Book Corner: Gillian Flynn Takes Readers to Some “Dark Places”


Israel White, Staff Writer

Dark Places, written by Gillian Flynn, revolves around the massacre that took Libby Day’s family when she was only seven years old. Her older brother, Ben Day, who was fifteen at the time, was charged with the crime and subsequently sentenced to life in prison for the murders of their mother and two sisters.

But did he do it?

As the only survivor, aside from Ben, Libby testified against her brother fourteen years earlier in 1985, and he has been serving his sentence ever since. In current day 2009 however, doubt begins to trickle into Libby’s mind about her family’s past and about what actually happened that hellish night. Was Ben a devil-worshiping, teenage predator that strangled his sister, hacked up the other, then shot and stabbed his mother like so many came to believe? Or, was Ben just an innocent child who fell prey to the justice system and is, essentially, a victim of circumstance who took the blame for the true killer?

The story is set in a fictional, broken-down town in the state of Kansas. This desolate setting makes it easy to connect with the characters, whether you relate directly to them or not, because it is easy to understand where they are coming from and how they live. Throughout the book, they become people. In the beginning, you, the reader, are like the public in the story, you have a shallow sense of who these characters are as you only associate them with the massacre. However, while the story progresses, so too does your involvement; you begin to gain a feel for these characters and to care about them as people.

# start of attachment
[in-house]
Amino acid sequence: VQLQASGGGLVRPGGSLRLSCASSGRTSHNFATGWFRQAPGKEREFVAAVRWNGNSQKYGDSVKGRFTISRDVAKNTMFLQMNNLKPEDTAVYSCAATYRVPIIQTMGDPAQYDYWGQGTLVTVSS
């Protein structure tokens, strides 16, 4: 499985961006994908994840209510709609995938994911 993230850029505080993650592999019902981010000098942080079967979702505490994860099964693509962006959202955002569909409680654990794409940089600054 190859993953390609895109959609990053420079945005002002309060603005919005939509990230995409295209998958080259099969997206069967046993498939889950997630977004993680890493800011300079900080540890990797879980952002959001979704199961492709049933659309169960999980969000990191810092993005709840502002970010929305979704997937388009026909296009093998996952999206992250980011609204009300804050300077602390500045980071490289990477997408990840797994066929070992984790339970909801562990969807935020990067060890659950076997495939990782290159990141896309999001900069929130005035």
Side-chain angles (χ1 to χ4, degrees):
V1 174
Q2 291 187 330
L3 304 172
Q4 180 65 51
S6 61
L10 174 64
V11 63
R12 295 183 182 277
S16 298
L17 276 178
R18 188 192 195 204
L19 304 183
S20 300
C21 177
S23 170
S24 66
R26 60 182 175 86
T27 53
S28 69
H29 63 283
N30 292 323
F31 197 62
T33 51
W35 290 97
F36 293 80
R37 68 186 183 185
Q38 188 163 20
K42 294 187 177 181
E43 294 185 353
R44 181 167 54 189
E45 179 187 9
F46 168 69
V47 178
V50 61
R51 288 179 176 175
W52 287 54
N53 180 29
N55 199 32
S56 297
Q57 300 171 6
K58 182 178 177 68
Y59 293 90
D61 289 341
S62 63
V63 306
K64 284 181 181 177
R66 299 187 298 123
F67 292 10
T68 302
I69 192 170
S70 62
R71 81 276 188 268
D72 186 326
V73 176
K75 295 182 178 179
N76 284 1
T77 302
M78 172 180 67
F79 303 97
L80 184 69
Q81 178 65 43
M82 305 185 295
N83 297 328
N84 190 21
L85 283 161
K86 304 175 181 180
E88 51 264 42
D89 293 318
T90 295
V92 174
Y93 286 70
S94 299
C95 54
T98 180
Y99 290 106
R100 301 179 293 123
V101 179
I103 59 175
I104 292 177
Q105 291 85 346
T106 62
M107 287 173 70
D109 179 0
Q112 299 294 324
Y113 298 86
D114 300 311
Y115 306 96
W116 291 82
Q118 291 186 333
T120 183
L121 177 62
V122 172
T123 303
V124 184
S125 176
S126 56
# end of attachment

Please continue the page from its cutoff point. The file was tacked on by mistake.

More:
This effect is heavily brought on by the multi-perspective format of the story.

Dark Places is told with a cycle of three characters as a focus for each chapter; a chapter is told from Libby’s perspective, a chapter is told about her mother, Patty Day, another from Libby, then one about Ben. While it sounds complex, they all weave together to form one well-told story. Patty and Ben’s chapters take us through what happened that day leading up to that night from their unique perspectives. While this structure may seem like it could become convoluted, Flynn steers clear of this issue by zeroing in on each person in every chapter like a vignette. It does not become overbearing; you simply pick up where you left off.

While the book is 345 pages long, I eagerly read it in under a week. The pacing and story kept my attention and no page felt wasted as the story unraveled. While the content of the book is dark and may not fit the taste of some readers, the story is without a doubt worth the read.